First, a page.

# Video: Determining Whether a Given Series Is Absolutely Convergent, Conditionally Convergent, or Divergent

Determine if the series β_(π = 1) ^(β) (β2)^(π) 3^(1 β π) is absolutely convergent, conditionally convergent, or divergent.

04:19

### Video Transcript

Determine if the series the sum from π equals one to β of negative two to the πth power multiplied by three to the power of one minus π is absolutely convergent, conditionally convergent, or divergent.

The question gives us a series and wants to determine if this series is absolutely convergent, conditionally convergent, or divergent. And we recall we call the series the sum from π equals one to β of π π absolutely convergent if the sum from π equals one to β of the absolute value of π π is convergent. We call the series conditionally convergent if the sum from π equals one to β of π π converges and the series is not absolutely convergent. Otherwise, we say that our series is divergent.

Weβll start by checking that our series is absolutely convergent. So we need to check that the sum from π equals one to β of the absolute value of our summand is convergent. Taking the absolute value of the summand of the series given to us in the question gives us the sum from π equals one to β of the absolute value of negative two to the πth power multiplied by three to the power of one minus π. We can simplify our summand by using our laws for exponents. We have that negative two is negative one times two. So negative two all raised to the πth power is equal to negative one to the πth power multiplied by two to the πth power. This gives us the sum from π equals one to β of the absolute value of negative one to the πth power times two to the πth power times three to the power of one minus π.

Next, weβre going to simplify our series by using a fact about the absolute value. We have that the absolute value of a product of terms is equal to the product of their absolute values. We see that negative one raised to the πth power will always give us either negative one or one depending on whether π is odd or even. However, the absolute value of both of these is equal to one. So the absolute value of negative one to the πth power will always give us one. And we can see that two raised to the πth power is always positive and three to the power of one minus π is also always positive. And applying the absolute value to a positive number doesnβt change anything. This gives us the sum from π equals one to β of two to the πth power times three to the power of one minus π.

We can again simplify our summand by using our laws for exponents. We have that three to the power of one minus π is just equal to three times three to the power of negative π. Next, weβre going to rewrite three to the power of negative π as one divided by three to the πth power. This gives us the sum from π equals one to β of two to the πth power times three divided by three to the πth power. We can again simplify this by using more of our laws for exponents. We have that π to the πth power divided by π to the πth power is equal to π over π all raised to the πth power. Using this, we can rewrite two to the πth power divided by three to the πth power as two-thirds all raised to the πth power.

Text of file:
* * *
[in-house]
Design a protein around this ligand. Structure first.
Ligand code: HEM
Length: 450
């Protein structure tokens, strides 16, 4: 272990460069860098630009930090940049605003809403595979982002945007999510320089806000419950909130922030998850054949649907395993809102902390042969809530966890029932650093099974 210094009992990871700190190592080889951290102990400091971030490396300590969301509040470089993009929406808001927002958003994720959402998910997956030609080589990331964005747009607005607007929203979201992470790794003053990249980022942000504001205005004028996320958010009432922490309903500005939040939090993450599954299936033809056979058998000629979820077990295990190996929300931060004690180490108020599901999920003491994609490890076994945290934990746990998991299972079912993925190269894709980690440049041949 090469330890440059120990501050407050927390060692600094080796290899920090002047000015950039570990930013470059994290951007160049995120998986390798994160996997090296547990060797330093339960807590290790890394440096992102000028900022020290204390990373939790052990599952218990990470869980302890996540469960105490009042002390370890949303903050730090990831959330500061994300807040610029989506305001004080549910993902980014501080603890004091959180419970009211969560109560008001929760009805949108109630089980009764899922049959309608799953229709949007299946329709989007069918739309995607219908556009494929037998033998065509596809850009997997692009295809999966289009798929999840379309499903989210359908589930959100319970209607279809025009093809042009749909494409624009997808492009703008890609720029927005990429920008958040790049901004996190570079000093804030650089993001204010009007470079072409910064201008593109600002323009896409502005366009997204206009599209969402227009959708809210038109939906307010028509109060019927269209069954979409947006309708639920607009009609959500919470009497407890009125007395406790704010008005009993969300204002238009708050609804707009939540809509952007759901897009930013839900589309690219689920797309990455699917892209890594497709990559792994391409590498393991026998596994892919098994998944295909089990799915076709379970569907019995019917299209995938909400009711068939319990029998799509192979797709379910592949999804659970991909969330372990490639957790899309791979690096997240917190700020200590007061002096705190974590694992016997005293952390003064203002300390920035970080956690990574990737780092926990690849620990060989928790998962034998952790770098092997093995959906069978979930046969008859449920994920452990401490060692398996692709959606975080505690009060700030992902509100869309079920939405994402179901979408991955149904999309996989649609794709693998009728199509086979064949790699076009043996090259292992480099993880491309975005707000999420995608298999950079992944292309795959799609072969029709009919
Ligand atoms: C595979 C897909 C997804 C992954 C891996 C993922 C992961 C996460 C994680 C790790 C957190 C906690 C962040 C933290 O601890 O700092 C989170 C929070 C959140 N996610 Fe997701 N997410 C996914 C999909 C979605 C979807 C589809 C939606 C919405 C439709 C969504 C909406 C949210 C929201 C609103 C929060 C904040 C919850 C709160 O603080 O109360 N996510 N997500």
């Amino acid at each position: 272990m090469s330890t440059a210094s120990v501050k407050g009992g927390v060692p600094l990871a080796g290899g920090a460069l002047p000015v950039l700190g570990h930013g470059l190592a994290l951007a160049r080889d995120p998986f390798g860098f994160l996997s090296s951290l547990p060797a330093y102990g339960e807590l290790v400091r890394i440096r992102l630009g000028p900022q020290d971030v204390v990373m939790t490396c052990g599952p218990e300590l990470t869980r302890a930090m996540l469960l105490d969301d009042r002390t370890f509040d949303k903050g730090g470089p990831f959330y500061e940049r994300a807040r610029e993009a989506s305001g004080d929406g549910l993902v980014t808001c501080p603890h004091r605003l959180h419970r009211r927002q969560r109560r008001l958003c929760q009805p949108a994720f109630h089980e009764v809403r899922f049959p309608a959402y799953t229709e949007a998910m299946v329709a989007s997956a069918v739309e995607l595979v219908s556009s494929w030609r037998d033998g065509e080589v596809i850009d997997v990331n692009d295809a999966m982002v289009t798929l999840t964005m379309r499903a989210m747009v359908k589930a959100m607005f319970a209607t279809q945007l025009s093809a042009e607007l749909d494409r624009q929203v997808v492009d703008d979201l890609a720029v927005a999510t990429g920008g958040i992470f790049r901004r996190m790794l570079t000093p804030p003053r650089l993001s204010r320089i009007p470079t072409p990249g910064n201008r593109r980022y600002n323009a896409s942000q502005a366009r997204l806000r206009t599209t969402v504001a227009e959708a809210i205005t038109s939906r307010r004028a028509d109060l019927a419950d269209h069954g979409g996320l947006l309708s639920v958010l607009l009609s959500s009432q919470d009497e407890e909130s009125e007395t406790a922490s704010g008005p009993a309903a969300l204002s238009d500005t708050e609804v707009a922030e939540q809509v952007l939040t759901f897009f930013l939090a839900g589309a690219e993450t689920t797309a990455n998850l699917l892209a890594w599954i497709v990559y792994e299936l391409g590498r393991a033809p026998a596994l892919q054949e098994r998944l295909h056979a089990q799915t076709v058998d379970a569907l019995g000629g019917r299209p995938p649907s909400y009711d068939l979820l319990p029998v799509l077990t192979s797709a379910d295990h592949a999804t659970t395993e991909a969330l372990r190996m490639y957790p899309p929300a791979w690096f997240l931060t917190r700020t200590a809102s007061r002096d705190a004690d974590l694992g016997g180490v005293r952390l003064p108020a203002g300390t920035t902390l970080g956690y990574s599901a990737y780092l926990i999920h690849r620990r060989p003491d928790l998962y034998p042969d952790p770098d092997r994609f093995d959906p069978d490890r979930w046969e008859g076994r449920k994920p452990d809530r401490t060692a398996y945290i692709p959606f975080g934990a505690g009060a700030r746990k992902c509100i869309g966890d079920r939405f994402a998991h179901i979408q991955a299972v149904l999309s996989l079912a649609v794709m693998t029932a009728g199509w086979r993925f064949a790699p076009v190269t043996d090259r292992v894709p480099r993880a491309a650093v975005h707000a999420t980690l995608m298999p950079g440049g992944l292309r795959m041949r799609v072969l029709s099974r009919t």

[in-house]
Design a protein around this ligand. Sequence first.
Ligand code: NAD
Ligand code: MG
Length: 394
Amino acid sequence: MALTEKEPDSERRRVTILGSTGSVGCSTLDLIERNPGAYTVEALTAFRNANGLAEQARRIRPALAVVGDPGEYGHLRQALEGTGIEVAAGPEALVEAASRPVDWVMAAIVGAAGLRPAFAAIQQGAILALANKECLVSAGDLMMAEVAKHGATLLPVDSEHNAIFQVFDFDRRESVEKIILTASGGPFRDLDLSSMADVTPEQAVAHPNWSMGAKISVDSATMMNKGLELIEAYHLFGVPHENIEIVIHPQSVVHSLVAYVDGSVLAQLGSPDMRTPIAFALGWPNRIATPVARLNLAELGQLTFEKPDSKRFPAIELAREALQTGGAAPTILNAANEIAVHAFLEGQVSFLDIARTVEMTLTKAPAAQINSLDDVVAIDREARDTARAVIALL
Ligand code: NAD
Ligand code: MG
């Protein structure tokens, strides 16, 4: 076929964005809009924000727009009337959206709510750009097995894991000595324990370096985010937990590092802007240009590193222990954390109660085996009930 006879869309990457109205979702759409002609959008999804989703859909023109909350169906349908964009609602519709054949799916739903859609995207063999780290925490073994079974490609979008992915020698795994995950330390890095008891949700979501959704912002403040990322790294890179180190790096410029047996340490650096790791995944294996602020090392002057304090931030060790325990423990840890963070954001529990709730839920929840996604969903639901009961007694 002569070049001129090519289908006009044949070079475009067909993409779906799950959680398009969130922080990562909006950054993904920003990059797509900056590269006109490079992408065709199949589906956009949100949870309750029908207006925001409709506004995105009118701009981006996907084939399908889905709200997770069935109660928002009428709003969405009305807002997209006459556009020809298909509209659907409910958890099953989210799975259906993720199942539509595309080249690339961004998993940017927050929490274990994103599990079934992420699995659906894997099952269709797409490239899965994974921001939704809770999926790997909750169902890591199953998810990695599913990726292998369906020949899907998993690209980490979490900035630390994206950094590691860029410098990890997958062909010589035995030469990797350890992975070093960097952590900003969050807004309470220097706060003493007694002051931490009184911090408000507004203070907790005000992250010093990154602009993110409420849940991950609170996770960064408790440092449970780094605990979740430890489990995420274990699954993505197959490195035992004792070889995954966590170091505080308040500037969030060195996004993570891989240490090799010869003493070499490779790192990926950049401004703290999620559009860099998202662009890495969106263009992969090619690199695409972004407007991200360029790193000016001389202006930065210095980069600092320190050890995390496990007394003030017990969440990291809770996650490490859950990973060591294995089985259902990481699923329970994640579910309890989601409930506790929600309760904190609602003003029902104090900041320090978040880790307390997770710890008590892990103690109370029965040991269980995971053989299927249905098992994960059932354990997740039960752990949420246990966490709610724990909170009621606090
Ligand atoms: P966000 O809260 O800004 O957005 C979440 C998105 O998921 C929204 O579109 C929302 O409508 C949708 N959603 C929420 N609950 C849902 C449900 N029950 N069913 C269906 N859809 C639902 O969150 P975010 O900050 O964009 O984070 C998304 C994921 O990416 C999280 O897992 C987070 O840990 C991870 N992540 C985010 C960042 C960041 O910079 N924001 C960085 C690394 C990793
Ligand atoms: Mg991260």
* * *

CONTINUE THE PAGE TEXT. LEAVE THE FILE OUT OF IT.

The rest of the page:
We can now see that our sum is almost in the form of a geometric series. And we also know that the geometric series the sum from π equals one to β of π times π to the power of π minus one will converge if the absolute value of π is less than one. Instead of two-thirds raised to the πth power, we want two-thirds raised to the power of π minus one. And we can do this by writing two-thirds raised to the πth power as two-thirds to the power of π minus one multiplied by two-thirds. We can then simplify this by canceling the shared factor of three in our numerator and our denominator. This gives us that our sum is a geometric series with the ratio of successive terms π equal to two-thirds and initial value π equal to two. And we know a geometric series will converge if the absolute value of π is less than one.

So when π π is the summand of the series given to us in the question, weβve shown that the sum from π equals one to β of the absolute value of π π is convergent. Which means weβve shown the series given to us in the question is absolutely convergent. And since any series can only be one of absolutely convergent, conditionally convergent, or divergent, we donβt need to check anymore; weβre done. Therefore, weβve shown that the sum from π equals one to β of negative two to the πth power times three to the power of one minus π is an absolutely convergent series.